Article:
The COPPA Law Explained
Before the Internet came into full swing, parents were mostly concerned with what channels their kids were watching on T.V., what books they were reading and what the ratings were on the games they were playing. Now, thanks to the Internet, parents have an entire world wide web to be concerned with. To aide in this task, COPPA laws were introduced to protect the Internet’s younger users from sexual predators and unethical marketers online.
What is COPPA Law?
COPPA stands for the Children’s Online Privacy Protection Act. It was passed by U.S. Congress in 1998 to protect the privacy of children under the age of 13. COPPA requires parental consent before children can make online purchases as well as before ISPs can collect children’s personal information. In 2013, COPPA was revised so that it also applies to app developers and ad network entrepreneurs instead of just website operators.
Who does COPPA apply to?
COPPA Law applies to operators of commercial websites, online services, and mobile apps directed to children under 13 that collect, use or disclose personal information from children. Obvious examples of those who must comply with COPPA are educational websites like pbs.com and nickjr.com, but what some may not be aware of is that COPPA also applies to general websites.
Below is a full list of the type of platforms that COPPA applies to:
- Commercial websites or apps directed at children under 13 that collects personal information. This now includes YouTube videos too. So if you are marketing videos or other online content to children on social media, you should review the COPPA requirements carefully.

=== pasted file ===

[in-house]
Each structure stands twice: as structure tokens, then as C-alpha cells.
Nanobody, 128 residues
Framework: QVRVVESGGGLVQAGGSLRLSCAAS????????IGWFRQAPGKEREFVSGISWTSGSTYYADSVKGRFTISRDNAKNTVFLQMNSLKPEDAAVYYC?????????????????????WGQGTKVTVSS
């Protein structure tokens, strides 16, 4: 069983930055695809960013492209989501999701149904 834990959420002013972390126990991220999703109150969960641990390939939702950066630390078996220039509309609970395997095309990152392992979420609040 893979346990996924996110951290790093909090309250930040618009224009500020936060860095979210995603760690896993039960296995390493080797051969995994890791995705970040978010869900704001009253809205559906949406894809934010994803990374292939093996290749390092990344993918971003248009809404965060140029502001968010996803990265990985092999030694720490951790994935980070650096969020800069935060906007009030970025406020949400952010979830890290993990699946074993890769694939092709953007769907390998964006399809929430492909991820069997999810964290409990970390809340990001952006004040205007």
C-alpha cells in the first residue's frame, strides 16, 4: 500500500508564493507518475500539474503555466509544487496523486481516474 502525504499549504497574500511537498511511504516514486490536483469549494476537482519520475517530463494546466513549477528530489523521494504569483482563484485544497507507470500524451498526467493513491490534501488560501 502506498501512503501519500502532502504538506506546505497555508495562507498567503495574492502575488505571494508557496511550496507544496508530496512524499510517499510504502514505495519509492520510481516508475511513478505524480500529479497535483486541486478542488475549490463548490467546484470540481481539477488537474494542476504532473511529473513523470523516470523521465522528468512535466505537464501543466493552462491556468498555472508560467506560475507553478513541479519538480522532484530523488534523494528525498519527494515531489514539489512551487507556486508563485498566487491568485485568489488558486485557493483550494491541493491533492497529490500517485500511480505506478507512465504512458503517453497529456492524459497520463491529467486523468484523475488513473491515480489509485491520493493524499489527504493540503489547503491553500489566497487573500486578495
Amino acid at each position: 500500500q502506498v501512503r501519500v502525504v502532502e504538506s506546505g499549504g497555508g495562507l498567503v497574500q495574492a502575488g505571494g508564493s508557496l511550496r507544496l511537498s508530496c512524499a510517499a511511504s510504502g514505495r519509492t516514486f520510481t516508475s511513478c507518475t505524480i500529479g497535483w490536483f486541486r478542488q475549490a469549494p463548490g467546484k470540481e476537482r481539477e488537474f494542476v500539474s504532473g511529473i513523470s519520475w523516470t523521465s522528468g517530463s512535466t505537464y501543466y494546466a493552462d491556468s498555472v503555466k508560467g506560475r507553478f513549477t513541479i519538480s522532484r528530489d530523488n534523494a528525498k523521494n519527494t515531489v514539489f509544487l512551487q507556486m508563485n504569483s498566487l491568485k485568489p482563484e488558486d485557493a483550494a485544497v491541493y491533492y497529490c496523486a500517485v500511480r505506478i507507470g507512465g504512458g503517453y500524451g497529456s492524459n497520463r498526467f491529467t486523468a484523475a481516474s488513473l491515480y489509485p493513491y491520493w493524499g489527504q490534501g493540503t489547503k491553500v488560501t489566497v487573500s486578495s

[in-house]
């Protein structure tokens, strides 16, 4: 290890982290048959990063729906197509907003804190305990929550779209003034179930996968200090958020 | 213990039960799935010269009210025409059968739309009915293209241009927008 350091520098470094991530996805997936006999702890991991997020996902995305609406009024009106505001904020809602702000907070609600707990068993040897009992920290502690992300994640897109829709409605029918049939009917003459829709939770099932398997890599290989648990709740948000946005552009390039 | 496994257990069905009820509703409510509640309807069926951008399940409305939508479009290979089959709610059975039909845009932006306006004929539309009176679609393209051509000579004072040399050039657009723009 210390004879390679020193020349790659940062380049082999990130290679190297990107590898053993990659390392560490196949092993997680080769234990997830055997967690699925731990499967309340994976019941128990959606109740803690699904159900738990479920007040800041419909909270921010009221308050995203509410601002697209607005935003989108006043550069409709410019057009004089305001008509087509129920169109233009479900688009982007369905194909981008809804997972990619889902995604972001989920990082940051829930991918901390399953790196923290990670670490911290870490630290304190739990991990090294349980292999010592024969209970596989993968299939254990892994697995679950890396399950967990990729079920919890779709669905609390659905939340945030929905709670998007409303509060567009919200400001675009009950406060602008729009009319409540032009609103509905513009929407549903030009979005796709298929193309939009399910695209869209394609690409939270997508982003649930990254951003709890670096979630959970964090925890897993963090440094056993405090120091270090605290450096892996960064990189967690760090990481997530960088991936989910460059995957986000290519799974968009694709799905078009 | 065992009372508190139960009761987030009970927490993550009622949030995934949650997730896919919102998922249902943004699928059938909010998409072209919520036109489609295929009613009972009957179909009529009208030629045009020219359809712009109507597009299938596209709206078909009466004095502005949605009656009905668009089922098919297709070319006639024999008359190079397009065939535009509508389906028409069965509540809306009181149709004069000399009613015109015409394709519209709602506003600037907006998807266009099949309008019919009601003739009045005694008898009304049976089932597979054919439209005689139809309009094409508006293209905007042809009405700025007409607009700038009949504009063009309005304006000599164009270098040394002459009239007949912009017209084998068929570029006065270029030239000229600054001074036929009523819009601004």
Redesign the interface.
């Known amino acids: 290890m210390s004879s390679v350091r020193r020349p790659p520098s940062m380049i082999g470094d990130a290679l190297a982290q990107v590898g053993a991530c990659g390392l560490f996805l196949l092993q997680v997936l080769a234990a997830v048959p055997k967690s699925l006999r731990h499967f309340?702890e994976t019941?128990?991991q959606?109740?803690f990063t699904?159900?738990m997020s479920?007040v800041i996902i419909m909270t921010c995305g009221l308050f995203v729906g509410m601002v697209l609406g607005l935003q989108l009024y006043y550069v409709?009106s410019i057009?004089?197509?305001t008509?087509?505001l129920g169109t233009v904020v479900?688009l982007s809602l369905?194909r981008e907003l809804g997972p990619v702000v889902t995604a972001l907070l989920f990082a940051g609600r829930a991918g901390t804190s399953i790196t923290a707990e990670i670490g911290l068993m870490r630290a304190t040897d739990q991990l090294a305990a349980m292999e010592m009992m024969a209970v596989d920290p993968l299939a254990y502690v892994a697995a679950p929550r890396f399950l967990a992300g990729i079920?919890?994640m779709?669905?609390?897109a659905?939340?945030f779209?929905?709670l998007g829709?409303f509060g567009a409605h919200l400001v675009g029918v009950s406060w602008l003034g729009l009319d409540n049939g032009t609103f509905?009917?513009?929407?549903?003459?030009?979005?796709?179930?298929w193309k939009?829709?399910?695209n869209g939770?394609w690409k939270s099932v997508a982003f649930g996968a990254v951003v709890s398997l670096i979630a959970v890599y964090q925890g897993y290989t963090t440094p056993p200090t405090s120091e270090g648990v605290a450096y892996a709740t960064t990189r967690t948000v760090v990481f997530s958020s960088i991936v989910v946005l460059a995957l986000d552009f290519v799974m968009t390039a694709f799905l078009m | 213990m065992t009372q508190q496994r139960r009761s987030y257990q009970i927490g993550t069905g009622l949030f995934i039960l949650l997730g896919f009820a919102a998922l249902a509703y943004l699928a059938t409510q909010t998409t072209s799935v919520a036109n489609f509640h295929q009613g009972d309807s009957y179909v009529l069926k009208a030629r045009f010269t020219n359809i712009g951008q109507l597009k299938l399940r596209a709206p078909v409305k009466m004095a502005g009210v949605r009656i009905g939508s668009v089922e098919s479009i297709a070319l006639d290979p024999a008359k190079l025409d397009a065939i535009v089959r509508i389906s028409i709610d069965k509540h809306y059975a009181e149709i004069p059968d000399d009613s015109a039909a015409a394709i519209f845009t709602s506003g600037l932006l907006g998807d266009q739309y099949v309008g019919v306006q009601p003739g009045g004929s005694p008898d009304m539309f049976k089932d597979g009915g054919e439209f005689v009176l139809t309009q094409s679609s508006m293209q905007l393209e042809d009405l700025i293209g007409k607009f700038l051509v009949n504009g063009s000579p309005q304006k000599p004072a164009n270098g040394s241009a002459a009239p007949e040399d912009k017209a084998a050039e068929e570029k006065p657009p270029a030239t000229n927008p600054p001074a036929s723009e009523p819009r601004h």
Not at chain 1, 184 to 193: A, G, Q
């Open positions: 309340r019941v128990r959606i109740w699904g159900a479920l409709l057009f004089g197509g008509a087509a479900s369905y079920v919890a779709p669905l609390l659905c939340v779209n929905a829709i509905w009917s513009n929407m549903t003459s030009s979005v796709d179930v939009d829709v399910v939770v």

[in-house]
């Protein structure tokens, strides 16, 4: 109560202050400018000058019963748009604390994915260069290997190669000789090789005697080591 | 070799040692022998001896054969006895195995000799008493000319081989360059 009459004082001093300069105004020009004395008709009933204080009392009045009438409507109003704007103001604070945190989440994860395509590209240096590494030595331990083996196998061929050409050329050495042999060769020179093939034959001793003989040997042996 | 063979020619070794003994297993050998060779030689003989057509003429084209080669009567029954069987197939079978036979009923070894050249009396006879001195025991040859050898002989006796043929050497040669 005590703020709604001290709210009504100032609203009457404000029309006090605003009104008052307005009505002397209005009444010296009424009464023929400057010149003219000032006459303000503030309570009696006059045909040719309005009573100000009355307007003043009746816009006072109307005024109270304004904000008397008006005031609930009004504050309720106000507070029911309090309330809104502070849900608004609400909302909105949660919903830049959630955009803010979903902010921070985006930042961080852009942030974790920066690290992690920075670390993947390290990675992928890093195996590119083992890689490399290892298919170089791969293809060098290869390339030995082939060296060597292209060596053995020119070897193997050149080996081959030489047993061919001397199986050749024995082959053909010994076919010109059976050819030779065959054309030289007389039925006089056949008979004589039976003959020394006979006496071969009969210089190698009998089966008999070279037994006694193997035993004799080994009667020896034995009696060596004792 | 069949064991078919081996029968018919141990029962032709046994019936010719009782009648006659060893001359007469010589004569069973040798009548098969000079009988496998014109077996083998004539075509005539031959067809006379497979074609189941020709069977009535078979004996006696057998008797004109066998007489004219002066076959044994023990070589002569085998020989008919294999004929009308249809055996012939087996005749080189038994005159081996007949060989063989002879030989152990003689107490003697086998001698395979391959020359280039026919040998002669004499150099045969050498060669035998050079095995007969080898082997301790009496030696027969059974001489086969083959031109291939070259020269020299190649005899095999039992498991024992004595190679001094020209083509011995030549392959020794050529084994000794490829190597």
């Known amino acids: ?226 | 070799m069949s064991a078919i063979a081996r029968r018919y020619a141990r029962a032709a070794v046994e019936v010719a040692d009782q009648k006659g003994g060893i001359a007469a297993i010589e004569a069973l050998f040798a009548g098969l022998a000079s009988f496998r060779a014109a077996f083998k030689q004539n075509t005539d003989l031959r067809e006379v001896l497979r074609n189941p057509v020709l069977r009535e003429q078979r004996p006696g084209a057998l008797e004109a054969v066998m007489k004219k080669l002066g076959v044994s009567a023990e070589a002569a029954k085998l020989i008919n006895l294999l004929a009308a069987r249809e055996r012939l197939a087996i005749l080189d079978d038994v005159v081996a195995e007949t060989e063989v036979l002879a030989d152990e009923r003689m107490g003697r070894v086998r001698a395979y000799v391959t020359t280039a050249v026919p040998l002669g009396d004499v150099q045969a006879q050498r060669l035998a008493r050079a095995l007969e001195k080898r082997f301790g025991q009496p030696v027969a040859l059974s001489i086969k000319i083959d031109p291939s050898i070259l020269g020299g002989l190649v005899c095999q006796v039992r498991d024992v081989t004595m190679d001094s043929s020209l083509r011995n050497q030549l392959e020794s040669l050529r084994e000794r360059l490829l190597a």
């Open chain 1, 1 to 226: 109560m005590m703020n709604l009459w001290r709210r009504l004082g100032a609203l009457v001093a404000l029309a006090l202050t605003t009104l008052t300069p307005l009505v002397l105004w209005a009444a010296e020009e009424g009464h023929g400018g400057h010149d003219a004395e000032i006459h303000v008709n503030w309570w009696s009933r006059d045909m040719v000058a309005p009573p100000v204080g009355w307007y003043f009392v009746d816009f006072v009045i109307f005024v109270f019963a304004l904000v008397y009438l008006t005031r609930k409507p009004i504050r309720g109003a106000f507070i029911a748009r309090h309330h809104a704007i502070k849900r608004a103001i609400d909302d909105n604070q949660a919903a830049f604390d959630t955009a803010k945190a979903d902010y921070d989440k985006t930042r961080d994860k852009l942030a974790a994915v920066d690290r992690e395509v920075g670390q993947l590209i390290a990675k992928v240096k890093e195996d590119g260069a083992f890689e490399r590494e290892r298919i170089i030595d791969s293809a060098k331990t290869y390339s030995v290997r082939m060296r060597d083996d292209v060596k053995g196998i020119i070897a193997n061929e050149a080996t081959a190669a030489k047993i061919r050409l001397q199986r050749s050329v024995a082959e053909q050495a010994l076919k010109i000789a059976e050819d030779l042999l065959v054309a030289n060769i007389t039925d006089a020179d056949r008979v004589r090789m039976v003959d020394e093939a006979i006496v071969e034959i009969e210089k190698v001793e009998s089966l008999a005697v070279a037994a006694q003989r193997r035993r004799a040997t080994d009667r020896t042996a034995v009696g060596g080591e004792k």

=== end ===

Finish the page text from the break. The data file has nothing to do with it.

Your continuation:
- Commercial websites or apps directed at children under 13 that allows third parties to collect personal data.
- Commercial websites directed to a general audience that has actual knowledge that children under 13 are using the platform.
- An ad-network or plugin that has actual knowledge of collecting personal information from users of websites “directed to children under 13”, including the following information:
- Mobile apps
- Internet-enabled gaming platforms
- Ad networks
- Geo-location services
- VoIP services
What does the FTC mean by websites “directed to children under 13”?
The FTC doesn’t get very specific with their vague “directed to children” provision, but they did outline what factors are considered when examining a COPPA-related case:
- Subject matter
- Visual and audio content
- Use of animated character
- Use of child-oriented activities and incentives
- Age of models
- Presence of child celebrities or celebrities/public figures who appeal to kids
- Ad services directed towards children
- “And other reliable evidence about the age of the actual intended audience”